Today, I'm going to recollect something that I used to do back in High School..
During the summer months, when school was out, I'd get a plane ticket, and travel to Minnesota to help out my uncle on his farm.
This was done each and every year since I started High School, for the fact that my uncle paid me to come work there, and they also paid for me to fly out there as well. (My folks didn't have the cash for the ticket, and were more than willing to get me out of their hair for a couple of months on someone else's tab!)
Out on the farm, I'd get the honor of slopping hogs, feeding chickens, milking cows, foddering horses, goats and sheep, baling hay, and running the combine at harvest.
Near the end of my time, there would be a big "slaughter fest" where my uncle would butcher the year's meat. This would usually entail about 1000 chickens, 10 cows, 50 lambs, and 100 pigs. I'd also get to help with shearing each year as well.
One main event that I remember from my first year at the farm had to do with baling hay.
For those of you who have never done this, it's a dirty job. Hay sticks EVERYWHERE. You get scratches from the dead stuff, it weighs a bunch early in the morning while the dew is still settling in it, and it itches like MAD.
Sometimes we'd catch a break, and my uncle would pony up the cash for a guy to come out with his 1/2 ton baler, and we'd roll up 1000 pounds of hay into HUGE rolls that we would then take to season with the tractor. Others, we'd break out the two tractors, one with two empty wagons, and one with the baler and one empty wagon behind it.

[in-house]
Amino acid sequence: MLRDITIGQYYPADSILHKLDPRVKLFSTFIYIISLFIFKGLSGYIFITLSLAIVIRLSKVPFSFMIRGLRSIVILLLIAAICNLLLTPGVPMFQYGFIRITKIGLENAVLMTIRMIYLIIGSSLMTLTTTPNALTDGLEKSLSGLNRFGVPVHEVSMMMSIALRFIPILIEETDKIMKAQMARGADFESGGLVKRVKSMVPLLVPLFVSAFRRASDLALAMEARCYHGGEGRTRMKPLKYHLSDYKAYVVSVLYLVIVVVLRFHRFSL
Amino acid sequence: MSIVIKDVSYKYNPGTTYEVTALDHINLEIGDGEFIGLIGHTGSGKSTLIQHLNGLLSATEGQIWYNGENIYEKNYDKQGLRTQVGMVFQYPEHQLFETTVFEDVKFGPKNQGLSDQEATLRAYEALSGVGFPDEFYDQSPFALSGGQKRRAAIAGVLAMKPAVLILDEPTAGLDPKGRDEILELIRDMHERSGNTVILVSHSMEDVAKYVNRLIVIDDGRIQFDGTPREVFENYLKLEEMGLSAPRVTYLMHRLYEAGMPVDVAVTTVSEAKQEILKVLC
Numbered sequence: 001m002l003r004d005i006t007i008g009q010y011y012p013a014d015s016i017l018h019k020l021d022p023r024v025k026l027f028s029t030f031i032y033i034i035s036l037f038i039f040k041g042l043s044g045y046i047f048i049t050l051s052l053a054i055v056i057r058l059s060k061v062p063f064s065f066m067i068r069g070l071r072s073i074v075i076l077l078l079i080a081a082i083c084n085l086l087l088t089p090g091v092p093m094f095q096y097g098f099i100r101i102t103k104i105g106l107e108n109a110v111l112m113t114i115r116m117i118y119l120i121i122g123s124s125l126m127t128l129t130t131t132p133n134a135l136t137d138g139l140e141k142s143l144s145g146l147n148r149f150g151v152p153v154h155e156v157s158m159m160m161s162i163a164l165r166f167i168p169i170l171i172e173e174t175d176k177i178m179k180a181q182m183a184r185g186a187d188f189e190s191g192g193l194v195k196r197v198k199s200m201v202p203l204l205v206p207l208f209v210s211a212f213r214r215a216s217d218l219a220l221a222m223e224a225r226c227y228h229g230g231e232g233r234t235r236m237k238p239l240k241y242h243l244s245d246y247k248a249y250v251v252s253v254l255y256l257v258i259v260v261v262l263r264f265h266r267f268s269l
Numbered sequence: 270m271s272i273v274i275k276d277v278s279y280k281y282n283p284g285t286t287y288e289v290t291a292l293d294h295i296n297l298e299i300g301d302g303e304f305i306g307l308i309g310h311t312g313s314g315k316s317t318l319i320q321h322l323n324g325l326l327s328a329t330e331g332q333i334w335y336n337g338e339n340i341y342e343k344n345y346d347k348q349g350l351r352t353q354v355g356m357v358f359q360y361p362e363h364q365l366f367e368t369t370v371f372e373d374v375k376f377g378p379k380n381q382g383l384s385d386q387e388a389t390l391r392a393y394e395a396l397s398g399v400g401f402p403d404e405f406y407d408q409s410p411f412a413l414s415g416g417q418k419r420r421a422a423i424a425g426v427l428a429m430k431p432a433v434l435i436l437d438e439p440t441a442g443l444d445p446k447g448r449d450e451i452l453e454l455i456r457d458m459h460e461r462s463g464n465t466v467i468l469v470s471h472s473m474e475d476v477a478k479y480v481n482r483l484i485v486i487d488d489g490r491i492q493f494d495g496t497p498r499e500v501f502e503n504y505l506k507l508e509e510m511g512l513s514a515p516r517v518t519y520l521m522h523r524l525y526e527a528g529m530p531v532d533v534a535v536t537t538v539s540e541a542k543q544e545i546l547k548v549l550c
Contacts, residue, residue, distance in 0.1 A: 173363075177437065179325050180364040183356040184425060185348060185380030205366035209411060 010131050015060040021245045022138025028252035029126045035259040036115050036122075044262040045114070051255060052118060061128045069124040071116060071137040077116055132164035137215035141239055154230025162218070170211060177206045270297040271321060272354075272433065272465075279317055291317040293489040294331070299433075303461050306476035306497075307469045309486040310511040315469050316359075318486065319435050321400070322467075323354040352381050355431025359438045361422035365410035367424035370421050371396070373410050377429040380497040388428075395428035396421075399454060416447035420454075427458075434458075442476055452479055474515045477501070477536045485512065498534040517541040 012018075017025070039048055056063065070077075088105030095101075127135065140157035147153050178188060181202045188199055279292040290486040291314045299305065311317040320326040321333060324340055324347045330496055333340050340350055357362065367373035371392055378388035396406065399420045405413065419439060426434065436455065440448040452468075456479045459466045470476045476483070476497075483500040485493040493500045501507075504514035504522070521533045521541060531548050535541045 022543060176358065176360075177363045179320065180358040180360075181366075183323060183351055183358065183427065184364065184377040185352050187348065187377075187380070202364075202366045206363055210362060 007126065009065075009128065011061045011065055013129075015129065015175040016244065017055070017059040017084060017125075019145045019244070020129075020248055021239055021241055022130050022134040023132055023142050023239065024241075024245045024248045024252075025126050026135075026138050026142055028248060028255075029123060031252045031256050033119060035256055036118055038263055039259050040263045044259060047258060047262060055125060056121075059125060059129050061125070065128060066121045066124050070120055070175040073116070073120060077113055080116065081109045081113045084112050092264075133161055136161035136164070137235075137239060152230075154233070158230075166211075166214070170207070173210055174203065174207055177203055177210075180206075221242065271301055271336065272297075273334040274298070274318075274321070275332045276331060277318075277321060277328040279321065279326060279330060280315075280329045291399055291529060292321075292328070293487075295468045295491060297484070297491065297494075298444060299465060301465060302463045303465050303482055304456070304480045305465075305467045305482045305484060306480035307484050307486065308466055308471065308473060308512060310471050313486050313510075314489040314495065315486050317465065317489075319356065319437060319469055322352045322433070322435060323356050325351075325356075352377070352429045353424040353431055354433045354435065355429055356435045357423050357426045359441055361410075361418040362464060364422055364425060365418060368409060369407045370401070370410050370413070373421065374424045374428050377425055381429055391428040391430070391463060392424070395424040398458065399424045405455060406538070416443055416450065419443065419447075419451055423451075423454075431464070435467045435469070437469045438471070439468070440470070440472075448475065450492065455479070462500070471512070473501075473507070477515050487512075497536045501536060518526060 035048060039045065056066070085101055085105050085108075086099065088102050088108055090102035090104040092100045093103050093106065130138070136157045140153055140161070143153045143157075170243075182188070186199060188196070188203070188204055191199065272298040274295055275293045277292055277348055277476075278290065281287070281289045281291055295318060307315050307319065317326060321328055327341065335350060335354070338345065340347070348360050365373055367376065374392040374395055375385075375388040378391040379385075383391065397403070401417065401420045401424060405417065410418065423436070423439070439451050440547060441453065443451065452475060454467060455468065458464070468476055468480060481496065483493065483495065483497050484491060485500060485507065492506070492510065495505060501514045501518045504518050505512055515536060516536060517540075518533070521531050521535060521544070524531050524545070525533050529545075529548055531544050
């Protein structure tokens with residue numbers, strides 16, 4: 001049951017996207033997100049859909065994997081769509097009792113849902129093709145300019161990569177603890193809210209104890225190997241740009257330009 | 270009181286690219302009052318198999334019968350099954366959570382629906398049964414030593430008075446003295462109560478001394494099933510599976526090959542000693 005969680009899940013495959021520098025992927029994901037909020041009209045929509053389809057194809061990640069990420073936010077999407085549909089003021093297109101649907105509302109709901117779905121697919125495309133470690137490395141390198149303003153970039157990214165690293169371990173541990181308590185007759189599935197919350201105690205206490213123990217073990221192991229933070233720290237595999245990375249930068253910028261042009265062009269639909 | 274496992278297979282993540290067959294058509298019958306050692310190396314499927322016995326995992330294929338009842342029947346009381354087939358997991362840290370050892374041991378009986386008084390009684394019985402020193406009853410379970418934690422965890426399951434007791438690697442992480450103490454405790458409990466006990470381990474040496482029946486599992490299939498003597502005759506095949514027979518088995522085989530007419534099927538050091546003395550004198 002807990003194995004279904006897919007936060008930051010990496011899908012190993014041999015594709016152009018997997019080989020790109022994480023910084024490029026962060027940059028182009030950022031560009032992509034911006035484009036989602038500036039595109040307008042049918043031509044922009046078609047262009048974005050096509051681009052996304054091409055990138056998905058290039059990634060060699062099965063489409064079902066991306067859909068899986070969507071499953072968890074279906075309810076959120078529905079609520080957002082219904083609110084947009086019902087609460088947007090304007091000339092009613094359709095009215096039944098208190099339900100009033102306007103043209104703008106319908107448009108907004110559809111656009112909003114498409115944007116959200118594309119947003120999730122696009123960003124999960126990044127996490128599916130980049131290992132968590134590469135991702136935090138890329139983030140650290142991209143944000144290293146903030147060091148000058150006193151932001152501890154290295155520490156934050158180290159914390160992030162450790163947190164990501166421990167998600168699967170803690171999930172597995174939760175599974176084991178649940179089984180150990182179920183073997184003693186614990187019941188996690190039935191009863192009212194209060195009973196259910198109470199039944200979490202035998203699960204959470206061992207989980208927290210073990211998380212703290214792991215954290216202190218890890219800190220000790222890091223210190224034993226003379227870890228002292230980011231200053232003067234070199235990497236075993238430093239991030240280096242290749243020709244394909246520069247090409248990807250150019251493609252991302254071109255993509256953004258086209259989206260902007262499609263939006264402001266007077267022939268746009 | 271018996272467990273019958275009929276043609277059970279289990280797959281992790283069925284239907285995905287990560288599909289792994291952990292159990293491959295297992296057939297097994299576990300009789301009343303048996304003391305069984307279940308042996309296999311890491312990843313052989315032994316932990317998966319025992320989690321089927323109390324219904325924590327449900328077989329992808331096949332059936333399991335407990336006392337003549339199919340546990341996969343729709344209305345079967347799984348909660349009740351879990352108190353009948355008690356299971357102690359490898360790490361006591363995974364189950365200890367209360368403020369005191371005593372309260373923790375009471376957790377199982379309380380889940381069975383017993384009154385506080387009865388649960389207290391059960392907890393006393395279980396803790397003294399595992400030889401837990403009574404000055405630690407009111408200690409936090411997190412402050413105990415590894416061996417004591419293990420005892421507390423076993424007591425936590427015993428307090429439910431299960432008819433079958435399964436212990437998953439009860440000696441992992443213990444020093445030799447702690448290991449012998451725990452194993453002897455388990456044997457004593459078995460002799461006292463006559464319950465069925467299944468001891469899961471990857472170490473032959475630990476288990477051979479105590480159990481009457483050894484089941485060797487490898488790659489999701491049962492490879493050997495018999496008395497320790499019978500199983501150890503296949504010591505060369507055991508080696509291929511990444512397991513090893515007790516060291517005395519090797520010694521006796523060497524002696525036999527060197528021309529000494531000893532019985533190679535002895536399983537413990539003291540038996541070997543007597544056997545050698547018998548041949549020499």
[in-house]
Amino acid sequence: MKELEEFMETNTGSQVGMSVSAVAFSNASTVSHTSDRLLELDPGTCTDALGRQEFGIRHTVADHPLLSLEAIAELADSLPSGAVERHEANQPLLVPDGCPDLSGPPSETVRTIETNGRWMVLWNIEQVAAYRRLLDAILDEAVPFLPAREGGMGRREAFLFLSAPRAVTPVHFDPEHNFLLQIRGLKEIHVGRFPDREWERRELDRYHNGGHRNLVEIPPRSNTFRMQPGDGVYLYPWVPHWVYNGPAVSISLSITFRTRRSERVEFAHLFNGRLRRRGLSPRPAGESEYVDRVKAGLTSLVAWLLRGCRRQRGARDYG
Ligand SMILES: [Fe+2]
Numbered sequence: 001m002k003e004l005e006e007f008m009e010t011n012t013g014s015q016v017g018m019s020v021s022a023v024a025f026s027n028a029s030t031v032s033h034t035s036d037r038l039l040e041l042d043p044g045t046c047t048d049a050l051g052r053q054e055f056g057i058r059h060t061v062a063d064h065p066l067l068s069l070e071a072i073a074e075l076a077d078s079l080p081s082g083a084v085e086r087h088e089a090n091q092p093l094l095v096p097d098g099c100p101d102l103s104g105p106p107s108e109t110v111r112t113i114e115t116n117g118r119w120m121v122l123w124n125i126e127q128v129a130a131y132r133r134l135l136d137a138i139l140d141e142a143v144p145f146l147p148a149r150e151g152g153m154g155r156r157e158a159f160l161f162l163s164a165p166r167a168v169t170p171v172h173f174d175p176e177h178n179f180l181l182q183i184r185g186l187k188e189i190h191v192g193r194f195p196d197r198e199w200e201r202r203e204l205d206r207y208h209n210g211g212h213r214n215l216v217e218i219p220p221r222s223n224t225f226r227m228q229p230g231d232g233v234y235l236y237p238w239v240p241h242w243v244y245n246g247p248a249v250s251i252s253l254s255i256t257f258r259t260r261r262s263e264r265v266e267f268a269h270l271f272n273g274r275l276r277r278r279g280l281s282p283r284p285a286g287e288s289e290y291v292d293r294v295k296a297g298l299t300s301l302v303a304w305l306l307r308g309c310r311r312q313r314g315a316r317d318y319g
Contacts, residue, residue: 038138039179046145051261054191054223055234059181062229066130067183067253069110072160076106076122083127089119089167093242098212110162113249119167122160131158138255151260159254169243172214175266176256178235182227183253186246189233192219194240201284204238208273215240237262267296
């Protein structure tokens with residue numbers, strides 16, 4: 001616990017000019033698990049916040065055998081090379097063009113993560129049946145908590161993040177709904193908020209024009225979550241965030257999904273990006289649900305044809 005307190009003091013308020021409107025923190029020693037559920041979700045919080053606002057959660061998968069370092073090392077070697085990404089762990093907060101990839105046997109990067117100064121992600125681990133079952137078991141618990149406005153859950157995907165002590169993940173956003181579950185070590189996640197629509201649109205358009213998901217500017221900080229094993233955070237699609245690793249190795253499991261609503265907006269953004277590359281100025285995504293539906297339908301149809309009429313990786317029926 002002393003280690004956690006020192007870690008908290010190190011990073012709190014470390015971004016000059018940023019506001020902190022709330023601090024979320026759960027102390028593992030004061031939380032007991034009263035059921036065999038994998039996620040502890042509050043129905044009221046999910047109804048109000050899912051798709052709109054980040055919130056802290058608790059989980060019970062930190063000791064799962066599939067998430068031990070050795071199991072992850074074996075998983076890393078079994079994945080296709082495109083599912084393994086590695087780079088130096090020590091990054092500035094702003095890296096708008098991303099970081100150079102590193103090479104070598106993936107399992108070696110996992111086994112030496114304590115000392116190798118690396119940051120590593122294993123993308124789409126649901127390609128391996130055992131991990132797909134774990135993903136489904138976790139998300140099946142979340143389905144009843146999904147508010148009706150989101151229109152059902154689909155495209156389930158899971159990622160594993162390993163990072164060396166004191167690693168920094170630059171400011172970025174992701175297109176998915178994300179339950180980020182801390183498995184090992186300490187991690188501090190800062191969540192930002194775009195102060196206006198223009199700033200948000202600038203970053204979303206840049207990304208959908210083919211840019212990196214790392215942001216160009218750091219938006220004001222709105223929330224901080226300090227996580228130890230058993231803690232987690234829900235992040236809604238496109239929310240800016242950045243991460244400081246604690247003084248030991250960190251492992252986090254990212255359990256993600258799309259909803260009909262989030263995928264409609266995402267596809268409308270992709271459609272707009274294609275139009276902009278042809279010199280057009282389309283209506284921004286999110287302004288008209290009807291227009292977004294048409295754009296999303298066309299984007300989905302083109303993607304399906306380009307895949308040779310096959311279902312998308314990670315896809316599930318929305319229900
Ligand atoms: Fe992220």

The drive of the baler tractor would then follow the line of hay, which would feed into the baler. This would bundle the hay into that compact shape we all know about, and then fasten two wire ties around the bundle. the bundled bale would then travel to a small spring-loaded catapult which would flip the bale into the empty wagon being towed behind. There were two of us that would be in the wagon, stacking the bales into neat rows. Once the wagon was full, the lead tractor would stop, we'd unhitch the full wagon, and leave it where it sat. We'd then get the other tractor with the two empty trailers, unhitch one empty, and hook it behind the baler. Then we'd swap the other empty trailer and hitch it to the back of the full trailer, and set off to bundle more hay.
Once all three trailers were full, we'd take a trip to the barn, and the hayloft (or haymow, as my uncle called it). Two of us would climb up on the conveyor belt that would be raised to the opening at the top of the barn, and we'd get ready to stack bales as the others would start loading the conveyor with the bales from the trailers. My uncle would start the conveyor, and we'd ride to the top of the haymow, turn on a light (mainly because it'd be dark in there, and we needed to see where to stack the bales), and get ready for some fast hard work. By the time we would have our first barn run, it would be about 6am. (we'd usually start about 4:30 in the morning) so it wasn't too bad at first. The bales themselves weigh about 50-75 pounds each, depending on what type of hay, so the work isn't difficult, but it's very repetative and exhausting after a while. We'd then stack this out to the roof of the barn, my uncle would shut off the conveyor, and we'd ride it back down to the tractors, and go back for the next set of bales.